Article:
Another $21 Billion Worth of Pentagon Welfare Orphans?

How much healthcare would this have paid for?

The new F-35 Program Executive Officer, Vice Admiral Mat Winter, said his office is exploring the option of leaving 108 aircraft in their current state because the funds to upgrade them to the fully combat-capable configuration would threaten the Air Force’s plans to ramp up production in the coming years. These are most likely the same 108 aircraft the Air Force reportedly needed to upgrade earlier in 2017. Without being retrofitted, these aircraft would become “Concurrency Orphans,” airplanes left behind in the acquisition cycle after the services purchased them in haste before finishing the development process.

Left unsaid so far is what will become of the 81 F-35s purchased by the Marine Corps and Navy during that same period. If they are left in their current state, nearly 200 F-35s might permanently remain unready for combat because the Pentagon would rather buy new aircraft than upgrade the ones the American people have already paid for. What makes this particularly galling is the aircraft that would be left behind by such a scheme were the most expensive F-35s purchased so far. When the tab for all the aircraft purchased in an immature state is added up, the total comes to nearly $40 billion. That is a lot of money to spend on training jets and aircraft that will simply be stripped for spare parts.

Sum up all the money wasted by the Pentagon preparing for global thermonuclear war – throw in the minimum cost of our military stationed in 150-170 countries [varying according to who we’ve pissed off this month] – and you have the biggest cumulative waste of GDP in the history of the world.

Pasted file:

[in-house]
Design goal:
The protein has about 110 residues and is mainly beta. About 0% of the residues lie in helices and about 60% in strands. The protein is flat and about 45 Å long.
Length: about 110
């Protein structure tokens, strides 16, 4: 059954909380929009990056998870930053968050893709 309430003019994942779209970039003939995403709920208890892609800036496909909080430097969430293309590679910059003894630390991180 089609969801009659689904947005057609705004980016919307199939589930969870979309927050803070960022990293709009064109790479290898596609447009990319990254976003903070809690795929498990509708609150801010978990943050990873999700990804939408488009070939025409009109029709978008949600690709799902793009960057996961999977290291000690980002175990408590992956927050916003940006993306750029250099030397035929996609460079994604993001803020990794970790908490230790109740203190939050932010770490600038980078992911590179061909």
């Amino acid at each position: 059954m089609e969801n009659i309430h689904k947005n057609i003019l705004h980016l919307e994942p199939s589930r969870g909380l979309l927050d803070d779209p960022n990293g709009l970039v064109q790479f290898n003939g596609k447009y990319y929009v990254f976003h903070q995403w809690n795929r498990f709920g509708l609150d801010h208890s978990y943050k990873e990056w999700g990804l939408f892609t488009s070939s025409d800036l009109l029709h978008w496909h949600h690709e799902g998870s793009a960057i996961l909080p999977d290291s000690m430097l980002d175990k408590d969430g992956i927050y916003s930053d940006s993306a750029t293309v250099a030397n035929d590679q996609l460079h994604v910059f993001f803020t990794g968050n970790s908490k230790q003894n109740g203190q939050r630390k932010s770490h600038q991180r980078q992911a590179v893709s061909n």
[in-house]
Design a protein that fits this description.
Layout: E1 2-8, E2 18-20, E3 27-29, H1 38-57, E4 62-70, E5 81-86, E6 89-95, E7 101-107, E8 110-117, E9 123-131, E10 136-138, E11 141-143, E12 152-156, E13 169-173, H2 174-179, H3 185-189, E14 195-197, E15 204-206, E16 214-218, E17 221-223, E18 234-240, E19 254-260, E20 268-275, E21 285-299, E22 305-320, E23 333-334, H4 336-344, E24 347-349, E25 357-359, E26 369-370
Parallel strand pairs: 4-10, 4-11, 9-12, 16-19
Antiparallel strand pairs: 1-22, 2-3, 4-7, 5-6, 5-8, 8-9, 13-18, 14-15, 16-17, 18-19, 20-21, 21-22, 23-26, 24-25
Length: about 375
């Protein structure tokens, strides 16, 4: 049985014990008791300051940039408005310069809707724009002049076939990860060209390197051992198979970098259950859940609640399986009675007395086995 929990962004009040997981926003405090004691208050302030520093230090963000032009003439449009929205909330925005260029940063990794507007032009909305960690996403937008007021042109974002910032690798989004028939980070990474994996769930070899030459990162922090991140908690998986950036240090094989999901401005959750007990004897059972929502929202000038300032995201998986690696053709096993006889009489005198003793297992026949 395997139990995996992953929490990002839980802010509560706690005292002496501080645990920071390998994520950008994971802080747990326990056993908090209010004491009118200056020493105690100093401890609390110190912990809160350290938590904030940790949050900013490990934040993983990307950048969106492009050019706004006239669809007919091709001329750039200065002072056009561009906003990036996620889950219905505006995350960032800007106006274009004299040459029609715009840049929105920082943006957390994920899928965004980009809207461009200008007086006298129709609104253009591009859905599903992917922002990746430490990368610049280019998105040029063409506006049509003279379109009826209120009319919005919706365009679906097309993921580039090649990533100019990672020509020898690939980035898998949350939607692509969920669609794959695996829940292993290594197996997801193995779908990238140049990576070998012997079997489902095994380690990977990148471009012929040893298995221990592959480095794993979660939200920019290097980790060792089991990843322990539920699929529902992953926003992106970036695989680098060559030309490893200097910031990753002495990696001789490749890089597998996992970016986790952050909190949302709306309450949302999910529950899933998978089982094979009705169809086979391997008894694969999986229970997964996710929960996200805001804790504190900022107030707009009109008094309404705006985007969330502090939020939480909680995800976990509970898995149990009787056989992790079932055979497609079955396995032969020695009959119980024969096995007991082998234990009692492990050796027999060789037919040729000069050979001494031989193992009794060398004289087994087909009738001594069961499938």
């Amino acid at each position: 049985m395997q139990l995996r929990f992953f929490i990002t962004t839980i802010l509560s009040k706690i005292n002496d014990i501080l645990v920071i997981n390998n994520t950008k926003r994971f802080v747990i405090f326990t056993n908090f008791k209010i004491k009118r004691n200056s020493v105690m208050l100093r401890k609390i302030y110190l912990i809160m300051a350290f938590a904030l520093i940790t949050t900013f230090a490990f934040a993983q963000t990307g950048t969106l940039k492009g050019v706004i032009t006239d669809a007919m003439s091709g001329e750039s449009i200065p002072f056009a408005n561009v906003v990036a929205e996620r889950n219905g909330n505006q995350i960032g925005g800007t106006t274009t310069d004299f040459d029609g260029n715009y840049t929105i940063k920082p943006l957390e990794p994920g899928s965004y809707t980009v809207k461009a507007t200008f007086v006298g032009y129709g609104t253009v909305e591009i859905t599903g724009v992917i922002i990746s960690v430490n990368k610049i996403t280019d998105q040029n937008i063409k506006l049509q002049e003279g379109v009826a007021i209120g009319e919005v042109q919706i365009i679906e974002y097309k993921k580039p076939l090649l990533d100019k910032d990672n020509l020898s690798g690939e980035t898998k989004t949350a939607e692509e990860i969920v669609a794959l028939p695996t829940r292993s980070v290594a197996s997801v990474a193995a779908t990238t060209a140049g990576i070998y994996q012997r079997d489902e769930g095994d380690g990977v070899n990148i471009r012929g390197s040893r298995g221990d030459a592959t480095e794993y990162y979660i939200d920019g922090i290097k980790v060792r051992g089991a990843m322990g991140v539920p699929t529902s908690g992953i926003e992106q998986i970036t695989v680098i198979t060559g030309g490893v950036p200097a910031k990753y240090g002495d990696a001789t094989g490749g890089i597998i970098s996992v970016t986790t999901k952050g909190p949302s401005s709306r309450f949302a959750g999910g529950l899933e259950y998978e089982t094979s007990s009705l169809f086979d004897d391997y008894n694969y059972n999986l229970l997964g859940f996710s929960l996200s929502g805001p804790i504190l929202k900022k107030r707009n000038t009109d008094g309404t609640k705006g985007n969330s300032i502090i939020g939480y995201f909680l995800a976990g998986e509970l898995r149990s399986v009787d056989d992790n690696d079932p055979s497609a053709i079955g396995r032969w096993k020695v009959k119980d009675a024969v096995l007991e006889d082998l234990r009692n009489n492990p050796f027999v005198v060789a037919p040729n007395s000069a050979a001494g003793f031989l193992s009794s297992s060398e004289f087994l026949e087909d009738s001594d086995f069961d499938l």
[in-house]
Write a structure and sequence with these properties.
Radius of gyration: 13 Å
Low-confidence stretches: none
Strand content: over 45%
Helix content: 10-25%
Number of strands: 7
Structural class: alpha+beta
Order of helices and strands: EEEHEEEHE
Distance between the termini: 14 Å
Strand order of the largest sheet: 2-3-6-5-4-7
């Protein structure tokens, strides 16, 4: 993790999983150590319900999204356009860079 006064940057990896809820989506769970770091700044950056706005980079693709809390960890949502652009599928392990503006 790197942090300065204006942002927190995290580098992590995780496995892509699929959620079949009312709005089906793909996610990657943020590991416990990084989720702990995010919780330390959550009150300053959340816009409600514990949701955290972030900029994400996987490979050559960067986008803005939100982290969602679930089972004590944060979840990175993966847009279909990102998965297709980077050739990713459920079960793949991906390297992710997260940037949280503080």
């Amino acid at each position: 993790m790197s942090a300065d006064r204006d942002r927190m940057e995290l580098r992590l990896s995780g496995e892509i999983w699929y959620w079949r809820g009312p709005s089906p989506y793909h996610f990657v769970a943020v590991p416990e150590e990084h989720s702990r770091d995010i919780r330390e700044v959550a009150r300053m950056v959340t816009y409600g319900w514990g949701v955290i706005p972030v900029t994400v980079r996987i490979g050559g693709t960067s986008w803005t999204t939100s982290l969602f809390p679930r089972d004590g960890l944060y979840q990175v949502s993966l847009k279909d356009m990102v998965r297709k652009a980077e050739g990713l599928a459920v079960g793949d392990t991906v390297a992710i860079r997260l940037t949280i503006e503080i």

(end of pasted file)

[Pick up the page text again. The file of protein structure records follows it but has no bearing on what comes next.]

7 thoughts on “Another $21 Billion Worth of Pentagon Welfare Orphans?

  1. Hanger Queen says:

    “With the F-35, Industry Is Holding Taxpayers Hostage : Support contracts invite abuse” “Defense contractors are creating complicated support systems for the increasingly complex weapon systems the Pentagon buys, which allows the contractors to secure long-term contracts for which they have no competition from other companies.
    The F-35 serves as the ultimate example of this arrangement. Under the current plans, the American people will spend $406.5 billion for research, development, and procurement for a fleet of 2,456 F-35s.
    That’s a staggering figure, but it pales in comparison to the costs to sustain the program. These costs are expected to top $1.2 trillion through 2060, the expected lifespan of the program. That’s around $30 billion per year. While the sustainment-to-acquisition cost ratio for the F-35 program is roughly equivalent to the historic average of 70:30, the way in which the Pentagon and the contractors reach the 70-percent figure adds more than simple financial costs to the program.”

  2. Freedom isn't free™ says:

    “Up to $11.9B for B-52H Maintenance & Modernization” (12/5/17)
    “B-52 bomb-bay upgrade declared ready for combat” As noted by the USAF, the enhancement, which forms part of the wider 1760 Internal Weapons Bay Upgrade (IWBU) for the B-52H, affords combat commanders a much more flexible weapons selection without the need to request additional air support.

  3. Smilin' Jack says: